Though much of the current attention given to ESG centers on environmentalism, it is the social and governance factors that started it all and it is these areas which will continue its propagation. And unlike environmental matters that can be measured and monitored, social and governance aspects offer opportunities for market manipulation by means of subjective reasoning. The ‘S’ and ‘G’ aim to determine how society can best be served and how organizations can best be managed.

Friedrich Hayek’s Road to Serfdom, published in 1944, illustrated the danger of economic decisions being centrally made while Ayn Rand’s Anthem, published in 1938, conveyed what life would be like if all actions were controlled from the top down for the good of the collective. These works were meant to be a wakeup call. 

Hayek warned that “the more the state plans, the more difficult planning becomes for the individual” and Rand bluntly asserted that “the man who lets a leader prescribe his course is a wreck being towed to the scrap heap.”

Truly, the battle concerning ESG is not about investments but rather a battle of ideas. It is not a matter of whether ESG policies are good or bad, but rather who determines such policies and how they are enforced.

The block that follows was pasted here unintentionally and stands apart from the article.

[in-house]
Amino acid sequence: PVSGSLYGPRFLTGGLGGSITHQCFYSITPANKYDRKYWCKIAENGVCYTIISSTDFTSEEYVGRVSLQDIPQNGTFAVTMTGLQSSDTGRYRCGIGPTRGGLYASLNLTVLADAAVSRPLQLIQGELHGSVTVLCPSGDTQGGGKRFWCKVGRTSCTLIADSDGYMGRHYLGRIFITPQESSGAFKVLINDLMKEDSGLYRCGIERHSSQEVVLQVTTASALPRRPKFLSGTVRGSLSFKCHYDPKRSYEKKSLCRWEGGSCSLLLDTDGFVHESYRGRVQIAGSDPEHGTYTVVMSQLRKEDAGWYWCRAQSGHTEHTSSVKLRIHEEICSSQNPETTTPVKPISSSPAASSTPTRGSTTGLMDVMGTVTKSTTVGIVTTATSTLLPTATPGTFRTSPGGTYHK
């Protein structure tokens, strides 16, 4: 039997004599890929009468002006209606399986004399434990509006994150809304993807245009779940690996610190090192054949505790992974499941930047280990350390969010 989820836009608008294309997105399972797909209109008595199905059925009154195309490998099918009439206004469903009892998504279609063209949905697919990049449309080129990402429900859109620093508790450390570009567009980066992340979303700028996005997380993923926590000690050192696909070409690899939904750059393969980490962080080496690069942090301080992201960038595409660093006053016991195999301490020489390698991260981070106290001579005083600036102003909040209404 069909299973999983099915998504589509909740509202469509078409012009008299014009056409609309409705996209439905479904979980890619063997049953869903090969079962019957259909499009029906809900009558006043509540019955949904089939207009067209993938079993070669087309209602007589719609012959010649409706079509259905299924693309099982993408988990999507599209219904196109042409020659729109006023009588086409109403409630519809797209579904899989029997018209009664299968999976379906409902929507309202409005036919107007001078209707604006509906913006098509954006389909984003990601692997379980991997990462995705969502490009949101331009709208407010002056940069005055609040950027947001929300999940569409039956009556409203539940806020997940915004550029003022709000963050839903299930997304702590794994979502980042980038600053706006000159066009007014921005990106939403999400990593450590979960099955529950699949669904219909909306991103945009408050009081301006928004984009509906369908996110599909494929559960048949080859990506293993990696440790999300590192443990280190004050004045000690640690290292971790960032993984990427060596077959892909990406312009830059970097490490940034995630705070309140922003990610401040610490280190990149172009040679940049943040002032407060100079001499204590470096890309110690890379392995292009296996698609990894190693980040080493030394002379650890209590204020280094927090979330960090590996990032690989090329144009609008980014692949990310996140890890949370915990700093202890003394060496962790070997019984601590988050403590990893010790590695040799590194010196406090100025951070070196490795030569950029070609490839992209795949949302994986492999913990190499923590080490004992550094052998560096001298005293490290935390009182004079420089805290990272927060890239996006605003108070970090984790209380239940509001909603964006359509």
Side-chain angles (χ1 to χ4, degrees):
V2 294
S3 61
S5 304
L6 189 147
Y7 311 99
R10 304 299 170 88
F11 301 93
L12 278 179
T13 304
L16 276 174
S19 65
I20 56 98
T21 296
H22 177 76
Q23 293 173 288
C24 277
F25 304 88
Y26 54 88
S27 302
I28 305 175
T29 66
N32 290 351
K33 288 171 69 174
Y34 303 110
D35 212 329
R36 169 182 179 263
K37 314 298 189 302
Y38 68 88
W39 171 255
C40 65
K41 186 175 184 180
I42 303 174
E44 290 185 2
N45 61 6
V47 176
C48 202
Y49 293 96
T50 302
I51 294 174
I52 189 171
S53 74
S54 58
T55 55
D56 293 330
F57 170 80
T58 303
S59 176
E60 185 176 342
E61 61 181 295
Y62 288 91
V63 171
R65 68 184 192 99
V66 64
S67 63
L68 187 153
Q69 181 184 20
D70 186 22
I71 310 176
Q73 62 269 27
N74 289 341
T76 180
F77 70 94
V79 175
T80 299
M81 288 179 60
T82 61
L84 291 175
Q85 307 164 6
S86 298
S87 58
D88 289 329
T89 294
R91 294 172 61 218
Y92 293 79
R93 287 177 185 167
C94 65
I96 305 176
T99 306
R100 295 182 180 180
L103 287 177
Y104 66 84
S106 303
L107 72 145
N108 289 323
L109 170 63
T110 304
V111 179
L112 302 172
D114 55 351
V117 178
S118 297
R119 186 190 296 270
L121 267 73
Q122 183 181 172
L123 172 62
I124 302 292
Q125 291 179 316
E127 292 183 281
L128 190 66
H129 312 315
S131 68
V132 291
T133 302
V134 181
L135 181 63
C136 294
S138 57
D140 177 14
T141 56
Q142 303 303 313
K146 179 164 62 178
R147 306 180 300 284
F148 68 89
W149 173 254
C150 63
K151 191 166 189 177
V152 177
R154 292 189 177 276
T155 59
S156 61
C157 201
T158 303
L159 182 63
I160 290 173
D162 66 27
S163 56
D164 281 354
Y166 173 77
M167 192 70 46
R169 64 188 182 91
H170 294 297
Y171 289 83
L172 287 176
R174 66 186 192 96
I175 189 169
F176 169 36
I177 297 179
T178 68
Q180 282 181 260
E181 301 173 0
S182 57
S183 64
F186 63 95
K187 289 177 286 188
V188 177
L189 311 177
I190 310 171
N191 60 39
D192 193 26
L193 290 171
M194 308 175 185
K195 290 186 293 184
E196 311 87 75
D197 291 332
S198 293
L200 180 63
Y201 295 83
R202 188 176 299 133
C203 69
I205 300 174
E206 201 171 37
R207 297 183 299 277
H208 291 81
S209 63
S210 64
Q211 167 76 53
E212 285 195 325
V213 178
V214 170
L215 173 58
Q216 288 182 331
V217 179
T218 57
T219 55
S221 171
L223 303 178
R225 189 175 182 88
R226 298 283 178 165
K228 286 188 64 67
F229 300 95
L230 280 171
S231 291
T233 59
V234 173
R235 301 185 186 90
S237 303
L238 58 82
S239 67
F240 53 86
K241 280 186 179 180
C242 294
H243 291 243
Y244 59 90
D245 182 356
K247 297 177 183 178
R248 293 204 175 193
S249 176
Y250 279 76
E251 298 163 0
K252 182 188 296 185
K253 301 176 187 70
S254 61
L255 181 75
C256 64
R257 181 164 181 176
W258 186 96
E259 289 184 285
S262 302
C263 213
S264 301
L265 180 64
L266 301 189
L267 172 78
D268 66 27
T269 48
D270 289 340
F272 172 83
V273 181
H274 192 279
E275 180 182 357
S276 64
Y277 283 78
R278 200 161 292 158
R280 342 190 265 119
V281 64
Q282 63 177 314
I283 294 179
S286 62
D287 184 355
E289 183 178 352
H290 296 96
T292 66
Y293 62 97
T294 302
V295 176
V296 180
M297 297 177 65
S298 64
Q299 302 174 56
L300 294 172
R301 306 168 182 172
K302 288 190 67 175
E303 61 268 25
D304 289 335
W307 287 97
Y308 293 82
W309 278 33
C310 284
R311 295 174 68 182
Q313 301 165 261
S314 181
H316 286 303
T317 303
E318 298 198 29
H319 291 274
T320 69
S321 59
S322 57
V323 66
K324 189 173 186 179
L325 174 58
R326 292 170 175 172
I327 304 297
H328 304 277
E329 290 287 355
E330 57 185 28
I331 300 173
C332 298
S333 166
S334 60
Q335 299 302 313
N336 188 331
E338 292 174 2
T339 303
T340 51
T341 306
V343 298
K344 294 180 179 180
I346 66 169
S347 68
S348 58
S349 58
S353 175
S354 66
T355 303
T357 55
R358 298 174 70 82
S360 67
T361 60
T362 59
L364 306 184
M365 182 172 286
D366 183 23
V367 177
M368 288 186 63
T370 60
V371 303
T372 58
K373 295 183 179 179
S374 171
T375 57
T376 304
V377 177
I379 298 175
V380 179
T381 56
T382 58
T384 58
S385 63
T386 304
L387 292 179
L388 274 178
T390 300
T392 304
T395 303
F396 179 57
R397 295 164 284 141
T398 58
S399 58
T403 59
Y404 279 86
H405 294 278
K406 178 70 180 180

Should development and societal order evolve based on the interaction and exchange of individuals and organizations, or should it be determined by the state? And if it is to be left to the state, then the creators of wealth (for funding purposes) must be linked to the projects and programs that the state deems important. 

The co-opting of the economic realm for the good of the collective by the political realm is often depicted as a form of social coordination rather than subjugation. Take for example President John F. Kennedy’s Yale commencement address:

…the prosperity of this country depends on the assurance that all major elements within it will live up to their responsibilities. If business were to neglect its obligations to the public, if labor were blind to all public responsibility, above all, if government were to abandon its obvious — and statutory — duty of watchful concern for our economical health — if any of these things should happen, then confidence might well be weakened…

The state being positioned as paramount for industrial and individual progress comes from both sides of the party line. It was implicit in President Barack Obama’s “You Didn’t Build That” speech and apparent in President George W. Bush’s statement to welfare-to-work graduates. Bush exclaimed that “Everybody has got value. And the role of this Government is to help those people realize their value and worth.”